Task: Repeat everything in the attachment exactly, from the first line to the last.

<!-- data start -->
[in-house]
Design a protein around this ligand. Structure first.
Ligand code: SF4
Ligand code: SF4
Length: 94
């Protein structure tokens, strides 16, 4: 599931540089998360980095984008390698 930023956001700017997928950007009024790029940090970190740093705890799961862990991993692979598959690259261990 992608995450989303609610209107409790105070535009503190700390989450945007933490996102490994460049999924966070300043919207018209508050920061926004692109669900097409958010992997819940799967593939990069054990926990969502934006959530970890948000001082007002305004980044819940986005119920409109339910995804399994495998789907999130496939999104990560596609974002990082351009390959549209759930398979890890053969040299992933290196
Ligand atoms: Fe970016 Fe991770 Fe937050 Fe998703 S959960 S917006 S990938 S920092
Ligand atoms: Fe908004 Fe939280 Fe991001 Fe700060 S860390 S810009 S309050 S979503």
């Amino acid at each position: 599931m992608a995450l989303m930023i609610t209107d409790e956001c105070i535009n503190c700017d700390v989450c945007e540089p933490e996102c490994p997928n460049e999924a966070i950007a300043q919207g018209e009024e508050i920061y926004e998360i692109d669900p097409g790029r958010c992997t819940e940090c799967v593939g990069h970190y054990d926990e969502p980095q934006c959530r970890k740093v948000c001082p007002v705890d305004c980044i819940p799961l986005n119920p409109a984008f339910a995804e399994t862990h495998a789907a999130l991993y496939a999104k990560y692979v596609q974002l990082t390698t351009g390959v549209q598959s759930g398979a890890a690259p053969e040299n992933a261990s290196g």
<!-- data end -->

[in-house]
Design a protein around this ligand. Structure first.
Ligand code: SF4
Ligand code: SF4
Length: 94
């Protein structure tokens, strides 16, 4: 599931540089998360980095984008390698 930023956001700017997928950007009024790029940090970190740093705890799961862990991993692979598959690259261990 992608995450989303609610209107409790105070535009503190700390989450945007933490996102490994460049999924966070300043919207018209508050920061926004692109669900097409958010992997819940799967593939990069054990926990969502934006959530970890948000001082007002305004980044819940986005119920409109339910995804399994495998789907999130496939999104990560596609974002990082351009390959549209759930398979890890053969040299992933290196
Ligand atoms: Fe970016 Fe991770 Fe937050 Fe998703 S959960 S917006 S990938 S920092
Ligand atoms: Fe908004 Fe939280 Fe991001 Fe700060 S860390 S810009 S309050 S979503």
């Amino acid at each position: 599931m992608a995450l989303m930023i609610t209107d409790e956001c105070i535009n503190c700017d700390v989450c945007e540089p933490e996102c490994p997928n460049e999924a966070i950007a300043q919207g018209e009024e508050i920061y926004e998360i692109d669900p097409g790029r958010c992997t819940e940090c799967v593939g990069h970190y054990d926990e969502p980095q934006c959530r970890k740093v948000c001082p007002v705890d305004c980044i819940p799961l986005n119920p409109a984008f339910a995804e399994t862990h495998a789907a999130l991993y496939a999104k990560y692979v596609q974002l990082t390698t351009g390959v549209q598959s759930g398979a890890a690259p053969e040299n992933a261990s290196g």